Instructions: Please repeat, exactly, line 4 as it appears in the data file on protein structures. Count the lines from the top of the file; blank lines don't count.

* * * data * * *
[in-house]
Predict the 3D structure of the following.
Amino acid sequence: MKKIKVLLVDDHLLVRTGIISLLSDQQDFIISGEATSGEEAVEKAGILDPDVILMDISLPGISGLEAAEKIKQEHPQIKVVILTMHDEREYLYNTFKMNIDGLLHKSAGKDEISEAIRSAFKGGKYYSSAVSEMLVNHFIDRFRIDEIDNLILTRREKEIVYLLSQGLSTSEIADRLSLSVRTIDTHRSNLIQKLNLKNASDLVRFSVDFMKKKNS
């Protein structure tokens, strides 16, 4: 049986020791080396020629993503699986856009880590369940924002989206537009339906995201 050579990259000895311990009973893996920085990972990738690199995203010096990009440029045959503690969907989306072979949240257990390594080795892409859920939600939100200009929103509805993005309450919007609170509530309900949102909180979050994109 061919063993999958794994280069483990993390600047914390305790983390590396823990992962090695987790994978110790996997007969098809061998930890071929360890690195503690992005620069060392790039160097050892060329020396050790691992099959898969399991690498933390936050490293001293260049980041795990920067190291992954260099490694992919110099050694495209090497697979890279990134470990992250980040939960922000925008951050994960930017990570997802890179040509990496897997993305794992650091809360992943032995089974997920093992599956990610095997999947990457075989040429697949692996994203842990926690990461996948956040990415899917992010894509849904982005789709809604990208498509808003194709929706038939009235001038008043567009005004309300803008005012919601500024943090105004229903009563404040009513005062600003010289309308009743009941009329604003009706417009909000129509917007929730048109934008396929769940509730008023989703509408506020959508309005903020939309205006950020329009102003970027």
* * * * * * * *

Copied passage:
């Protein structure tokens, strides 16, 4: 049986020791080396020629993503699986856009880590369940924002989206537009339906995201 050579990259000895311990009973893996920085990972990738690199995203010096990009440029045959503690969907989306072979949240257990390594080795892409859920939600939100200009929103509805993005309450919007609170509530309900949102909180979050994109 061919063993999958794994280069483990993390600047914390305790983390590396823990992962090695987790994978110790996997007969098809061998930890071929360890690195503690992005620069060392790039160097050892060329020396050790691992099959898969399991690498933390936050490293001293260049980041795990920067190291992954260099490694992919110099050694495209090497697979890279990134470990992250980040939960922000925008951050994960930017990570997802890179040509990496897997993305794992650091809360992943032995089974997920093992599956990610095997999947990457075989040429697949692996994203842990926690990461996948956040990415899917992010894509849904982005789709809604990208498509808003194709929706038939009235001038008043567009005004309300803008005012919601500024943090105004229903009563404040009513005062600003010289309308009743009941009329604003009706417009909000129509917007929730048109934008396929769940509730008023989703509408506020959508309005903020939309205006950020329009102003970027």